Toll Delivery Quotes

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Gather close, and let us speak of nasty little shits. Oh, come now, we are no strangers to the vicious demons in placid disguises, innocent eyes so wide, hidden minds so dark. Does evil exist? Is it a force, some deadly possession that slips into the unwary? Is it a thing separate and thus subject to accusation and blame, distinct from the one it has used? Does it flit from soul to soul, weaving its diabolical scheme in all the unseen places, snarling into knots tremulous fears and appalling opportunity, stark terrors and brutal self-interest? Or is the dread word nothing more than a quaint and oh so convenient encapsulation of all those traits distinctly lacking moral context, a sweeping generalization embracing all things depraved and breath takingly cruel, a word to define that peculiar glint in the eye—the voyeur to one’s own delivery of horror, of pain and anguish and impossible grief? Give the demon crimson scales, slashing talons. Tentacles and dripping poison. Three eyes and six slithering tongues. As it crouches there in the soul, its latest abode in an eternal succession of abodes, may every god kneel in prayer. But really. Evil is nothing but a word, an objectification where no objectification is necessary. Cast aside this notion of some external agency as the source of inconceivable inhumanity—the sad truth is our possession of an innate proclivity towards indifference, towards deliberate denial of mercy, towards disengaging all that is moral within us. But if that is too dire, let’s call it evil. And paint it with fire and venom. There are extremities of behaviour that seem, at the time, perfectly natural, indeed reasonable. They are arrived at suddenly, or so it might seem, but if one looks the progression reveals itself, step by step, and that is a most sad truth.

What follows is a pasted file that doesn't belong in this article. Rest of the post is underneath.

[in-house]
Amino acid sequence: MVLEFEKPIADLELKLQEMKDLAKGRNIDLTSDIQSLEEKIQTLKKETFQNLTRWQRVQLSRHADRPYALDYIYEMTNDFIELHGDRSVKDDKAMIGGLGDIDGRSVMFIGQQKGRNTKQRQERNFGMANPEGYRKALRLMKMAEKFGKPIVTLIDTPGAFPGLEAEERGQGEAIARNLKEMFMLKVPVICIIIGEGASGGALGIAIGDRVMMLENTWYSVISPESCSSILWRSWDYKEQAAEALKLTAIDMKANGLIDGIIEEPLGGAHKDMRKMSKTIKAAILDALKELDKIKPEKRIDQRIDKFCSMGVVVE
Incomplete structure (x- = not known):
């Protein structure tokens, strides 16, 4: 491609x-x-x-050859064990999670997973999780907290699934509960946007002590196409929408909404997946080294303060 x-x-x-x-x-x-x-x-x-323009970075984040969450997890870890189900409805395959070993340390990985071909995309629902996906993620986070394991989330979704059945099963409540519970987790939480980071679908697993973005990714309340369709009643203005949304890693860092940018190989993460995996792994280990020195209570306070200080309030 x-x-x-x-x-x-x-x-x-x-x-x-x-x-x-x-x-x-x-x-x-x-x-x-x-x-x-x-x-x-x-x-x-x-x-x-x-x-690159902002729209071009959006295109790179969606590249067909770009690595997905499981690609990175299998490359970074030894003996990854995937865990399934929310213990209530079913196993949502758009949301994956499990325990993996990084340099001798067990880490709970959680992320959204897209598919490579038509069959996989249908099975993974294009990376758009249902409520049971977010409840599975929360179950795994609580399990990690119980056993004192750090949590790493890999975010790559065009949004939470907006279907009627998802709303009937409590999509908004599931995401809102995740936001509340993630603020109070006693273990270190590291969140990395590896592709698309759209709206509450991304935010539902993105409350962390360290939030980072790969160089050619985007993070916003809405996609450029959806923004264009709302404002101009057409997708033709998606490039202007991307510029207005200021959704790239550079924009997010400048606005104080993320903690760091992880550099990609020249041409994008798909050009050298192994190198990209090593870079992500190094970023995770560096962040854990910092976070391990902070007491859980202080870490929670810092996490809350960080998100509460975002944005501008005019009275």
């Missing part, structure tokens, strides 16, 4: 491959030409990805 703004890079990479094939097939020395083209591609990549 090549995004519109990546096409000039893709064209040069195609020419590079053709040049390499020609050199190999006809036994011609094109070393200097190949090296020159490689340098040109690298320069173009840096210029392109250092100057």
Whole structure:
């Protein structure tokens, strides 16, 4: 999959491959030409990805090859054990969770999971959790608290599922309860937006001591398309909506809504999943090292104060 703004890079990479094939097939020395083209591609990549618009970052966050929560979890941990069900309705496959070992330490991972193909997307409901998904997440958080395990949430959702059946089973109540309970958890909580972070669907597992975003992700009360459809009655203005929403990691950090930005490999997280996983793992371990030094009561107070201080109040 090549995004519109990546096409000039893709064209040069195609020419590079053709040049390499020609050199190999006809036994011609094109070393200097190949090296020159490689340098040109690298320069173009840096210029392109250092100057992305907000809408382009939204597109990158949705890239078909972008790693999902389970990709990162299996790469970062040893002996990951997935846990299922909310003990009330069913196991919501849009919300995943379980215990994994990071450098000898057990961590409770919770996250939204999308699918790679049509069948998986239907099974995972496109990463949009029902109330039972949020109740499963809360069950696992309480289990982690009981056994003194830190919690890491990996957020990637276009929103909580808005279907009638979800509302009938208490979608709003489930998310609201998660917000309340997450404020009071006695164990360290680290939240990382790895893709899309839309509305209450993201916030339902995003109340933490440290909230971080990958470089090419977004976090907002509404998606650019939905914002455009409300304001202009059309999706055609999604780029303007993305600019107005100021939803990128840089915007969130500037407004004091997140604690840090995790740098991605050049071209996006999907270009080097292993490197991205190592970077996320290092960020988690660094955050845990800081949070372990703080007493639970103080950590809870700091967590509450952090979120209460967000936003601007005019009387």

Steven Erikson (Toll the Hounds (Malazan Book of the Fallen, #8))
It’s not for the weak or faint of heart. It will take a toll on you. Your body will hurt. Your soul will ache. Your family life will suffer. No one will understand what you do or why you do it, but you do it. You will work nights. You will work weekends. Holidays. You will bathe the elderly, the weak. You will clean their body, their bodily fluids. You will have to know every medication, what it does, when to stop it, when to give it, and how to get it into people. You will have to know how to interpret blood tests, when the doctor must know. You will have thirty seconds to start an IV, how to hook up an EKG machine. You will need to know how to interpret tracing or when you should give or take away oxygen. You will experience joy, grief, and sorrow in a day, sometimes within the same hour. You are the glue between the patient, the family, the doctor. It’s you who will keep everyone happy, as comfortable as possible. Code blue. Trauma evaluation. Labor. Delivery. Surgery. Babies. Postpartum. Psychology. These and more will all need to be learned. And when you think you know everything, you don’t. You’re just starting. I was asked to write this essay on why
Tijan (Logan Kade)